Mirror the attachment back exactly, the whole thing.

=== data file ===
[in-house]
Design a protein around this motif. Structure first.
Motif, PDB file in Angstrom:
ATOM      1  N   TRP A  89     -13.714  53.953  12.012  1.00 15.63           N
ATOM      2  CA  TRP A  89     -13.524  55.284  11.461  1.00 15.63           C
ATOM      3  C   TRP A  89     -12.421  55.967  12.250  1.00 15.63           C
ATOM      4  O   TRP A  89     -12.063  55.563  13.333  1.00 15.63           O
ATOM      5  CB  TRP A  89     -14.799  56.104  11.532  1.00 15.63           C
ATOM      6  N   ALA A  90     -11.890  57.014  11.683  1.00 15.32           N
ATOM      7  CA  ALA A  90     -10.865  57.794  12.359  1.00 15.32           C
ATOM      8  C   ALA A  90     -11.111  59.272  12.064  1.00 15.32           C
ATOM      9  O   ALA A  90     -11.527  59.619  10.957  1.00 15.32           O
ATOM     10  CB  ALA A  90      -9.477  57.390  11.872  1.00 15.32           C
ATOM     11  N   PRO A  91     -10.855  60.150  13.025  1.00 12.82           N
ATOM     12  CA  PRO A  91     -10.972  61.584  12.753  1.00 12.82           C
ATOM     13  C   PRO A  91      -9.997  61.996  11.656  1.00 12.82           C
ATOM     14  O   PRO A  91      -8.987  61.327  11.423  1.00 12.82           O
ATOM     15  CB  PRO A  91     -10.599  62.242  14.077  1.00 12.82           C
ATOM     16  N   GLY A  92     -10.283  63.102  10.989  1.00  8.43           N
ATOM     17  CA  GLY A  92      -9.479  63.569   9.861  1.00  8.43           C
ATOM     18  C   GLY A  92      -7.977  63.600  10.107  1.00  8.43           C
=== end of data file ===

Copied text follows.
[in-house]
Design a protein around this motif. Structure first.
Motif, PDB file in Angstrom:
ATOM      1  N   TRP A  89     -13.714  53.953  12.012  1.00 15.63           N
ATOM      2  CA  TRP A  89     -13.524  55.284  11.461  1.00 15.63           C
ATOM      3  C   TRP A  89     -12.421  55.967  12.250  1.00 15.63           C
ATOM      4  O   TRP A  89     -12.063  55.563  13.333  1.00 15.63           O
ATOM      5  CB  TRP A  89     -14.799  56.104  11.532  1.00 15.63           C
ATOM      6  N   ALA A  90     -11.890  57.014  11.683  1.00 15.32           N
ATOM      7  CA  ALA A  90     -10.865  57.794  12.359  1.00 15.32           C
ATOM      8  C   ALA A  90     -11.111  59.272  12.064  1.00 15.32           C
ATOM      9  O   ALA A  90     -11.527  59.619  10.957  1.00 15.32           O
ATOM     10  CB  ALA A  90      -9.477  57.390  11.872  1.00 15.32           C
ATOM     11  N   PRO A  91     -10.855  60.150  13.025  1.00 12.82           N
ATOM     12  CA  PRO A  91     -10.972  61.584  12.753  1.00 12.82           C
ATOM     13  C   PRO A  91      -9.997  61.996  11.656  1.00 12.82           C
ATOM     14  O   PRO A  91      -8.987  61.327  11.423  1.00 12.82           O
ATOM     15  CB  PRO A  91     -10.599  62.242  14.077  1.00 12.82           C
ATOM     16  N   GLY A  92     -10.283  63.102  10.989  1.00  8.43           N
ATOM     17  CA  GLY A  92      -9.479  63.569   9.861  1.00  8.43           C
ATOM     18  C   GLY A  92      -7.977  63.600  10.107  1.00  8.43           C